The new look of COVID football

By Tatiania Perry

Big Ten sports were put on hold on August 11. 

Wednesday morning, the Big Ten announced that college football would be returning to the conference starting Oct. 23-24.

The conference’s plan includes mandatory daily testing for all coaches, players, trainers and assistants. 

Student-athletes who test positive for the coronavirus during daily testing would require a polymerase chain reaction test to confirm the result of the oral test.

In order to return student-athletes will have to be evaluated for cardiac evaluation before returning. At a minimum, players will have to wait 21 days from the date of a positive COVID-19 diagnosis before rejoining the team.

The conference will use data provided by each appointed chief Infection Officer to make decisions about the continuation of practice and competition.

According to the official Big Ten website, the team positivity rate and population positivity rate is based on a seven-day rolling average:

  • Team positivity rate (number of positive tests divided by total number of tests administered):
    • Green 0-2%
    • Orange 2-5%
    • Red >5%
  • Population positivity rate (number of positive individuals divided by total population at risk):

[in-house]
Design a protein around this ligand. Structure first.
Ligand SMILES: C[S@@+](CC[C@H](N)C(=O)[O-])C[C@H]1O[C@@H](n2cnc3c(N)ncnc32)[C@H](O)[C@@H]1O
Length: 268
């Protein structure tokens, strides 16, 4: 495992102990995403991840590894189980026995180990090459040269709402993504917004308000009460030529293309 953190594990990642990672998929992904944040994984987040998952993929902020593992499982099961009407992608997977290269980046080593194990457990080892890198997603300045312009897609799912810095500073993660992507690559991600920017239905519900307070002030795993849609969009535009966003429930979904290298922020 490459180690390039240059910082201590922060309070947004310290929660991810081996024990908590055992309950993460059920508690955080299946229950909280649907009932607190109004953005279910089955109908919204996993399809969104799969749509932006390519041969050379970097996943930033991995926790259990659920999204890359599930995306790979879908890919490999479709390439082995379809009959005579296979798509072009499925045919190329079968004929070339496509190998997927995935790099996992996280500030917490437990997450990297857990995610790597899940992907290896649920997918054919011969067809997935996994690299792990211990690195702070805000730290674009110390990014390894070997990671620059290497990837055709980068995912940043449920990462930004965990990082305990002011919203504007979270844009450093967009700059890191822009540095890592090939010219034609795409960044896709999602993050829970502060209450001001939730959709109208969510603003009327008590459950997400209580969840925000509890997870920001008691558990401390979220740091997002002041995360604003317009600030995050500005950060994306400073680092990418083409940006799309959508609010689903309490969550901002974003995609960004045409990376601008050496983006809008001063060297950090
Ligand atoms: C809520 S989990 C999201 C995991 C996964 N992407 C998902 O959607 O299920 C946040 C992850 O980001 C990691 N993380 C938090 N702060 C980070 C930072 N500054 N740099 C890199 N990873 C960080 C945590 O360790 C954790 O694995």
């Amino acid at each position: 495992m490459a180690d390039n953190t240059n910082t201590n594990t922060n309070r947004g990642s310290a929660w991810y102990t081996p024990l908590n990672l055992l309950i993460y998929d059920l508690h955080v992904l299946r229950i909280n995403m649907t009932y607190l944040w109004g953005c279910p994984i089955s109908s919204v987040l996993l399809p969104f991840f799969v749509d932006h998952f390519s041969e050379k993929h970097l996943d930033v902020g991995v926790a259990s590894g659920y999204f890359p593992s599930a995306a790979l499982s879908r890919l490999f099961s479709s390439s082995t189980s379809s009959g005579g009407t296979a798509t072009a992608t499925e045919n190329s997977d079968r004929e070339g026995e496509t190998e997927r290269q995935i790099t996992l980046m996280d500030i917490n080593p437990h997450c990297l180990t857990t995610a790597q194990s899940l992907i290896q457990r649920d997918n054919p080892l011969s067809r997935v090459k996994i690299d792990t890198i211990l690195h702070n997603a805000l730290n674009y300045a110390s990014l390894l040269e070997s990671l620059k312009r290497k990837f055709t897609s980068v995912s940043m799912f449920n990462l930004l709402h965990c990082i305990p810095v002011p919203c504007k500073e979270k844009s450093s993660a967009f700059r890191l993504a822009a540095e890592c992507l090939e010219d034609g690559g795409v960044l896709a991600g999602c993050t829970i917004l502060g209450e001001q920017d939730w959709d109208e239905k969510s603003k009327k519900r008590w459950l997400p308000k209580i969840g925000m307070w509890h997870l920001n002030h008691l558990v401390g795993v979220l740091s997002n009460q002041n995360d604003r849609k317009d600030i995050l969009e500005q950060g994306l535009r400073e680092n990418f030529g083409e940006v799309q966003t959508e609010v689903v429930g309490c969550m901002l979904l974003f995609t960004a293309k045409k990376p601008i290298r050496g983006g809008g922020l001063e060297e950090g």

• Green 0-3.5%
    • Orange 3.5-7.5%
    • Red >7.5%

Decisions that could alter or halt practice and competition will be based on the following:

  • Green/Green and Green/Orange: Team continues with normal practice and competition.
  • Orange/Orange and Orange/Red: Team must proceed with caution and enhance COVID-19 prevention (alter practice and meeting schedule, consider viability of continuing with scheduled competition).
  • Red/Red: Team must stop regular practice and competition for a minimum of seven days and reassess metrics until improved.

The daily testing protocol should be in place no later that September 20.

Though nothing has been said about the remaining fall sports restarting, the Big Ten has said that eventually all Big Ten sports will require testing protocols before they can resume competition.

About Post Author

Tatiania Perry

I am a journalism graduate student. In my undergraduate at the University I had the privilege of working for The Daily Illini as an Assistant Sports Editor, interning for NBC Sports Group in the digital media department as and most recently I served as a digital intern for Illinois Public Newsroom and a Teaching Assistant for the College of Media. I chose to go into Journalism because I love the idea of telling the stories of those who would otherwise not be heard, being a voice to the voiceless.